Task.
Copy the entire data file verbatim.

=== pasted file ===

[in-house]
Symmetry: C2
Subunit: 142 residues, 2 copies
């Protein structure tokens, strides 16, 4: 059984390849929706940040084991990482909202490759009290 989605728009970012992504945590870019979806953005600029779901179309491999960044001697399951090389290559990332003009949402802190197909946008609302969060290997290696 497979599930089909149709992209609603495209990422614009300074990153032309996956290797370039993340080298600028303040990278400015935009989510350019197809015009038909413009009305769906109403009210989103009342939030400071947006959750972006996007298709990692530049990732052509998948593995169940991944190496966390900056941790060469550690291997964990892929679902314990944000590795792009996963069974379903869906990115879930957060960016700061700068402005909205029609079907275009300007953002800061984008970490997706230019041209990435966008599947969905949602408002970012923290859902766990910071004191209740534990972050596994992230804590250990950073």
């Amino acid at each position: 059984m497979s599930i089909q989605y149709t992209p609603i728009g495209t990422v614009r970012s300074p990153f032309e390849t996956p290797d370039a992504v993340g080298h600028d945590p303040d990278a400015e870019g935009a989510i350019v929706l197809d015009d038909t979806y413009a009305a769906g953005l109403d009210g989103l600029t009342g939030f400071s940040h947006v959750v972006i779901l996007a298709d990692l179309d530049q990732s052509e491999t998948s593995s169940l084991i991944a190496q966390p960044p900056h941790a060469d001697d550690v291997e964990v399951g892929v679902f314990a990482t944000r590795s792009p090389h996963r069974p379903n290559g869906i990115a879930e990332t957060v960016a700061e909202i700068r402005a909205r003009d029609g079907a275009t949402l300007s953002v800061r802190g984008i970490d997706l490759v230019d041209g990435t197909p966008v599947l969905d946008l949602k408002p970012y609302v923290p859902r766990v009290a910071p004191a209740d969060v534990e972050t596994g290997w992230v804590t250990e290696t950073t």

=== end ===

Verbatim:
[in-house]
Symmetry: C2
Subunit: 142 residues, 2 copies
């Protein structure tokens, strides 16, 4: 059984390849929706940040084991990482909202490759009290 989605728009970012992504945590870019979806953005600029779901179309491999960044001697399951090389290559990332003009949402802190197909946008609302969060290997290696 497979599930089909149709992209609603495209990422614009300074990153032309996956290797370039993340080298600028303040990278400015935009989510350019197809015009038909413009009305769906109403009210989103009342939030400071947006959750972006996007298709990692530049990732052509998948593995169940991944190496966390900056941790060469550690291997964990892929679902314990944000590795792009996963069974379903869906990115879930957060960016700061700068402005909205029609079907275009300007953002800061984008970490997706230019041209990435966008599947969905949602408002970012923290859902766990910071004191209740534990972050596994992230804590250990950073």
């Amino acid at each position: 059984m497979s599930i089909q989605y149709t992209p609603i728009g495209t990422v614009r970012s300074p990153f032309e390849t996956p290797d370039a992504v993340g080298h600028d945590p303040d990278a400015e870019g935009a989510i350019v929706l197809d015009d038909t979806y413009a009305a769906g953005l109403d009210g989103l600029t009342g939030f400071s940040h947006v959750v972006i779901l996007a298709d990692l179309d530049q990732s052509e491999t998948s593995s169940l084991i991944a190496q966390p960044p900056h941790a060469d001697d550690v291997e964990v399951g892929v679902f314990a990482t944000r590795s792009p090389h996963r069974p379903n290559g869906i990115a879930e990332t957060v960016a700061e909202i700068r402005a909205r003009d029609g079907a275009t949402l300007s953002v800061r802190g984008i970490d997706l490759v230019d041209g990435t197909p966008v599947l969905d946008l949602k408002p970012y609302v923290p859902r766990v009290a910071p004191a209740d969060v534990e972050t596994g290997w992230v804590t250990e290696t950073t």